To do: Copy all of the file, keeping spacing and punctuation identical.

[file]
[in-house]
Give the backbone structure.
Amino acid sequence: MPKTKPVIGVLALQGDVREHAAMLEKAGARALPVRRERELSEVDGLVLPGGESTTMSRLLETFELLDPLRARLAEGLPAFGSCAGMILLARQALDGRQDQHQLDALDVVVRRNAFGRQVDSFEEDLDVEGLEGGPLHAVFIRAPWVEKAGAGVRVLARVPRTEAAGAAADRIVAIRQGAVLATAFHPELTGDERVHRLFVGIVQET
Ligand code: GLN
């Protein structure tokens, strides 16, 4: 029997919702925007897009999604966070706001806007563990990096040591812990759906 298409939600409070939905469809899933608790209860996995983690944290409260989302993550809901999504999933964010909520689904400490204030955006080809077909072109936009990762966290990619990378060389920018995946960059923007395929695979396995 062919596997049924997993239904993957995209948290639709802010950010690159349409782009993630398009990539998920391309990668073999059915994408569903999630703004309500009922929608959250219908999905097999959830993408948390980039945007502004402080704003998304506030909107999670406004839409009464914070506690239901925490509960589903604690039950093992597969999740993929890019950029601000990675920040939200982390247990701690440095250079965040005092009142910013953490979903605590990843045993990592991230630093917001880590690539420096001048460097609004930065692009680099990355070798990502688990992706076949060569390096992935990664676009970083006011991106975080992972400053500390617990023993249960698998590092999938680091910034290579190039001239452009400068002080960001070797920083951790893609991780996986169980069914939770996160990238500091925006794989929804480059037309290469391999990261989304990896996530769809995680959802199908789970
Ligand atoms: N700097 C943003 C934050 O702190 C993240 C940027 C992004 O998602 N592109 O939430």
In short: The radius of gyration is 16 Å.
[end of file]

[in-house]
Give the backbone structure.
Amino acid sequence: MPKTKPVIGVLALQGDVREHAAMLEKAGARALPVRRERELSEVDGLVLPGGESTTMSRLLETFELLDPLRARLAEGLPAFGSCAGMILLARQALDGRQDQHQLDALDVVVRRNAFGRQVDSFEEDLDVEGLEGGPLHAVFIRAPWVEKAGAGVRVLARVPRTEAAGAAADRIVAIRQGAVLATAFHPELTGDERVHRLFVGIVQET
Ligand code: GLN
């Protein structure tokens, strides 16, 4: 029997919702925007897009999604966070706001806007563990990096040591812990759906 298409939600409070939905469809899933608790209860996995983690944290409260989302993550809901999504999933964010909520689904400490204030955006080809077909072109936009990762966290990619990378060389920018995946960059923007395929695979396995 062919596997049924997993239904993957995209948290639709802010950010690159349409782009993630398009990539998920391309990668073999059915994408569903999630703004309500009922929608959250219908999905097999959830993408948390980039945007502004402080704003998304506030909107999670406004839409009464914070506690239901925490509960589903604690039950093992597969999740993929890019950029601000990675920040939200982390247990701690440095250079965040005092009142910013953490979903605590990843045993990592991230630093917001880590690539420096001048460097609004930065692009680099990355070798990502688990992706076949060569390096992935990664676009970083006011991106975080992972400053500390617990023993249960698998590092999938680091910034290579190039001239452009400068002080960001070797920083951790893609991780996986169980069914939770996160990238500091925006794989929804480059037309290469391999990261989304990896996530769809995680959802199908789970
Ligand atoms: N700097 C943003 C934050 O702190 C993240 C940027 C992004 O998602 N592109 O939430």
In short: The radius of gyration is 16 Å.